The range in Qm from all the tests for the particular operating voltage was established for each set of the above factors. A sample of the statistical distribution is shown in Table I. The percentage values displayed in the left hand column in Tables II through V, represent the cumulative probability. For example, for 13-15 kV stators in turbine generators or motors, 25% of tests had a Qm below 55 mV, 50% (the median) had a Qm below 124 mV, 75% were below 265 mV and 90% of tests yielded a Qm below 529 mV. Thus if a Qm of 500 mV is obtained on a 13.8 kV generator, then it is likely that this stator will be deteriorated, since it has PD magnitudes higher than 90% of similar machines. In fact, in over two hundred cases where a machine was visually examined after registering a PD level >90% of similar machines, significant stator winding insulation deterioration was observed .
Table II: Distribution of Qm (mV) for Air-Cooled Machines, 80 pF Sensors on the Terminals (TGA)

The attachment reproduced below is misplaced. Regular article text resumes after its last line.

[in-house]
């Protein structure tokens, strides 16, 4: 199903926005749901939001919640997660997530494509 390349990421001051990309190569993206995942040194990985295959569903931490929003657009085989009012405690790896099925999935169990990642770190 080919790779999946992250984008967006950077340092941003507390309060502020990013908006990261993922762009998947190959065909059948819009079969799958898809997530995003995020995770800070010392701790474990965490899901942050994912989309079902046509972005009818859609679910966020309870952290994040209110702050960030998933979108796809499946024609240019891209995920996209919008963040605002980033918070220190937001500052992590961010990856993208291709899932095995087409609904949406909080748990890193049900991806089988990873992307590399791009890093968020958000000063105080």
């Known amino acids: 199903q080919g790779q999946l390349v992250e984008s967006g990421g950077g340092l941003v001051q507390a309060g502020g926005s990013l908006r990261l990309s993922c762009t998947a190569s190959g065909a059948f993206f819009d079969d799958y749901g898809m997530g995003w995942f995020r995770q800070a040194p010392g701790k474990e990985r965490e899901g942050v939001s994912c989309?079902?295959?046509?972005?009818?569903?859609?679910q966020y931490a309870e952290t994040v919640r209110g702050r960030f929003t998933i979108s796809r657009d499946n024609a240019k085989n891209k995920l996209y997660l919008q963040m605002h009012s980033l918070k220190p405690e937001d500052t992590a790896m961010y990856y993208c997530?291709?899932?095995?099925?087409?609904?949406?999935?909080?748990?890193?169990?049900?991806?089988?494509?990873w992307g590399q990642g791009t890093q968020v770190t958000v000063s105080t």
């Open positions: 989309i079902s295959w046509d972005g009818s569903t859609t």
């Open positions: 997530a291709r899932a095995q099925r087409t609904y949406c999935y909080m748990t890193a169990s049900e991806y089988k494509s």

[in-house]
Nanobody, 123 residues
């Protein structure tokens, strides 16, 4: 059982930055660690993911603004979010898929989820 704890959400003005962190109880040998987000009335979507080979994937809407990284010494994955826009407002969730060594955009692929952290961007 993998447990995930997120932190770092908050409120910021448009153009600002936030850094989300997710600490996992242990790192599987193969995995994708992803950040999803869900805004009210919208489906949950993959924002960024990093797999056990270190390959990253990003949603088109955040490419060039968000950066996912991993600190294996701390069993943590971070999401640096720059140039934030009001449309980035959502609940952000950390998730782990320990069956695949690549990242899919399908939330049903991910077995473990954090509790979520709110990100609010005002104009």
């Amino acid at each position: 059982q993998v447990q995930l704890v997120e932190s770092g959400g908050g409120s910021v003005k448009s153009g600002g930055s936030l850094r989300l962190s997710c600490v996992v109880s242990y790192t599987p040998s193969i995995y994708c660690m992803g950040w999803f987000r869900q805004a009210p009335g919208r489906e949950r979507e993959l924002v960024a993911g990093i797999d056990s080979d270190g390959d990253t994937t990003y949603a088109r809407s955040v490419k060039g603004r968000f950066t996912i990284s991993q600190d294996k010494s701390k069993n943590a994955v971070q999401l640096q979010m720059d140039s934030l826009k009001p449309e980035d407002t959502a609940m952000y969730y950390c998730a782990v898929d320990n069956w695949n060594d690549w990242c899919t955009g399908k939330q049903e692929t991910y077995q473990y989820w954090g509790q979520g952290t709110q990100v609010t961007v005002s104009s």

A PDA installation in a hydrogenerator uses the same 80 pF sensors and these are typically installed within one metre of the junction between the incoming phase bus and the first coil/bar in the circuit. A sensor at this location will be extremely sensitive to any pulses originating within the coil/bar since the magnitude of the pulse will be amplified when it reaches the impedance mismatch between the bus and the coil/bar. Thus, it may be reasonable to assume the PD magnitudes obtained with couplers at this location will be higher than when the couplers are located outside the machine housing typical of directional (TGA) installations. However, when comparing the TGA results, Table II, to the PDA results, Table III, though there are some minor variances, there is little significant difference between the statistical summaries for windings rated less than 19 kV. Thus, it is safe to say that for a 13.8 kV winding, regardless of installation type, the PD levels should be less than ~250 mV and those machines with PD higher than 500 mV need further investigation.